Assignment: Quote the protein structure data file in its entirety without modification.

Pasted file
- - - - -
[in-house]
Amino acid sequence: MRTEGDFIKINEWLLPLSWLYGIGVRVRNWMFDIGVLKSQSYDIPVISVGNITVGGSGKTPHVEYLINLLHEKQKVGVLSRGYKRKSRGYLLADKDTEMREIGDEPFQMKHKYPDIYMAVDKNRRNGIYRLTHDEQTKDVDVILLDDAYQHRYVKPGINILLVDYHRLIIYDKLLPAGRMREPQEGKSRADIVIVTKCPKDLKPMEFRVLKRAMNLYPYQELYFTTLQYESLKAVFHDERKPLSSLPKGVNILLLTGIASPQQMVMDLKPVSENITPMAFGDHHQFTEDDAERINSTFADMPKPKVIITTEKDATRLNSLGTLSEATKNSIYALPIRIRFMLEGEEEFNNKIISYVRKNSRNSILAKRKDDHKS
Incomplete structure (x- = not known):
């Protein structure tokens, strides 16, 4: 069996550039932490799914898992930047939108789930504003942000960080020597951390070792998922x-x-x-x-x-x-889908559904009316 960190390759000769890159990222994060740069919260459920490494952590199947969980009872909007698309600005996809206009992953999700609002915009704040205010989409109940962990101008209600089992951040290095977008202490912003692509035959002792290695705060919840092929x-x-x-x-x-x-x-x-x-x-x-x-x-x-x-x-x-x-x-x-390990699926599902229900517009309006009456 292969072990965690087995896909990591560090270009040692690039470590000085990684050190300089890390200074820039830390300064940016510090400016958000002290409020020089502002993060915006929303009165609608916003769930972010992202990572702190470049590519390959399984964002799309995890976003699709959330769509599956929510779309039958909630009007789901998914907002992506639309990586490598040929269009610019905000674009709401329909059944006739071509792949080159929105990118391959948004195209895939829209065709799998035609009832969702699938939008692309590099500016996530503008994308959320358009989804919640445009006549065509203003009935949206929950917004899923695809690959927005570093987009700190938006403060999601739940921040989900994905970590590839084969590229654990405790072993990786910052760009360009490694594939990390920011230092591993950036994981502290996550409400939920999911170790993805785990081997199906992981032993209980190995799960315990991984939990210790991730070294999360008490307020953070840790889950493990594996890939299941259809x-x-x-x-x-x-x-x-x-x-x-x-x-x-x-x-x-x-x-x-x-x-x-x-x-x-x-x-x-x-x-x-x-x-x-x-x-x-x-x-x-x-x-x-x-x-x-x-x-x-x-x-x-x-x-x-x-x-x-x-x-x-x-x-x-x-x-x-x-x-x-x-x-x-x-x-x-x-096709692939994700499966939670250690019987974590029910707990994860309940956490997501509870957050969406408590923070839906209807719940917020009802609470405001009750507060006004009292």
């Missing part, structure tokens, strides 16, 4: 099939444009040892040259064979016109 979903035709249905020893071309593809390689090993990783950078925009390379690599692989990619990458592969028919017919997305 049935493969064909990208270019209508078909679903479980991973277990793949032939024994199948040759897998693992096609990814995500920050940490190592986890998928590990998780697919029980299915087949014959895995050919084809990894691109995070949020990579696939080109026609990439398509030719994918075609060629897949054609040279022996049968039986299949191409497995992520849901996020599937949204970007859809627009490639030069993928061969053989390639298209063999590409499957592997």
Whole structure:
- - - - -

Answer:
[in-house]
Amino acid sequence: MRTEGDFIKINEWLLPLSWLYGIGVRVRNWMFDIGVLKSQSYDIPVISVGNITVGGSGKTPHVEYLINLLHEKQKVGVLSRGYKRKSRGYLLADKDTEMREIGDEPFQMKHKYPDIYMAVDKNRRNGIYRLTHDEQTKDVDVILLDDAYQHRYVKPGINILLVDYHRLIIYDKLLPAGRMREPQEGKSRADIVIVTKCPKDLKPMEFRVLKRAMNLYPYQELYFTTLQYESLKAVFHDERKPLSSLPKGVNILLLTGIASPQQMVMDLKPVSENITPMAFGDHHQFTEDDAERINSTFADMPKPKVIITTEKDATRLNSLGTLSEATKNSIYALPIRIRFMLEGEEEFNNKIISYVRKNSRNSILAKRKDDHKS
Incomplete structure (x- = not known):
């Protein structure tokens, strides 16, 4: 069996550039932490799914898992930047939108789930504003942000960080020597951390070792998922x-x-x-x-x-x-889908559904009316 960190390759000769890159990222994060740069919260459920490494952590199947969980009872909007698309600005996809206009992953999700609002915009704040205010989409109940962990101008209600089992951040290095977008202490912003692509035959002792290695705060919840092929x-x-x-x-x-x-x-x-x-x-x-x-x-x-x-x-x-x-x-x-390990699926599902229900517009309006009456 292969072990965690087995896909990591560090270009040692690039470590000085990684050190300089890390200074820039830390300064940016510090400016958000002290409020020089502002993060915006929303009165609608916003769930972010992202990572702190470049590519390959399984964002799309995890976003699709959330769509599956929510779309039958909630009007789901998914907002992506639309990586490598040929269009610019905000674009709401329909059944006739071509792949080159929105990118391959948004195209895939829209065709799998035609009832969702699938939008692309590099500016996530503008994308959320358009989804919640445009006549065509203003009935949206929950917004899923695809690959927005570093987009700190938006403060999601739940921040989900994905970590590839084969590229654990405790072993990786910052760009360009490694594939990390920011230092591993950036994981502290996550409400939920999911170790993805785990081997199906992981032993209980190995799960315990991984939990210790991730070294999360008490307020953070840790889950493990594996890939299941259809x-x-x-x-x-x-x-x-x-x-x-x-x-x-x-x-x-x-x-x-x-x-x-x-x-x-x-x-x-x-x-x-x-x-x-x-x-x-x-x-x-x-x-x-x-x-x-x-x-x-x-x-x-x-x-x-x-x-x-x-x-x-x-x-x-x-x-x-x-x-x-x-x-x-x-x-x-x-096709692939994700499966939670250690019987974590029910707990994860309940956490997501509870957050969406408590923070839906209807719940917020009802609470405001009750507060006004009292």
């Missing part, structure tokens, strides 16, 4: 099939444009040892040259064979016109 979903035709249905020893071309593809390689090993990783950078925009390379690599692989990619990458592969028919017919997305 049935493969064909990208270019209508078909679903479980991973277990793949032939024994199948040759897998693992096609990814995500920050940490190592986890998928590990998780697919029980299915087949014959895995050919084809990894691109995070949020990579696939080109026609990439398509030719994918075609060629897949054609040279022996049968039986299949191409497995992520849901996020599937949204970007859809627009490639030069993928061969053989390639298209063999590409499957592997």
Whole structure: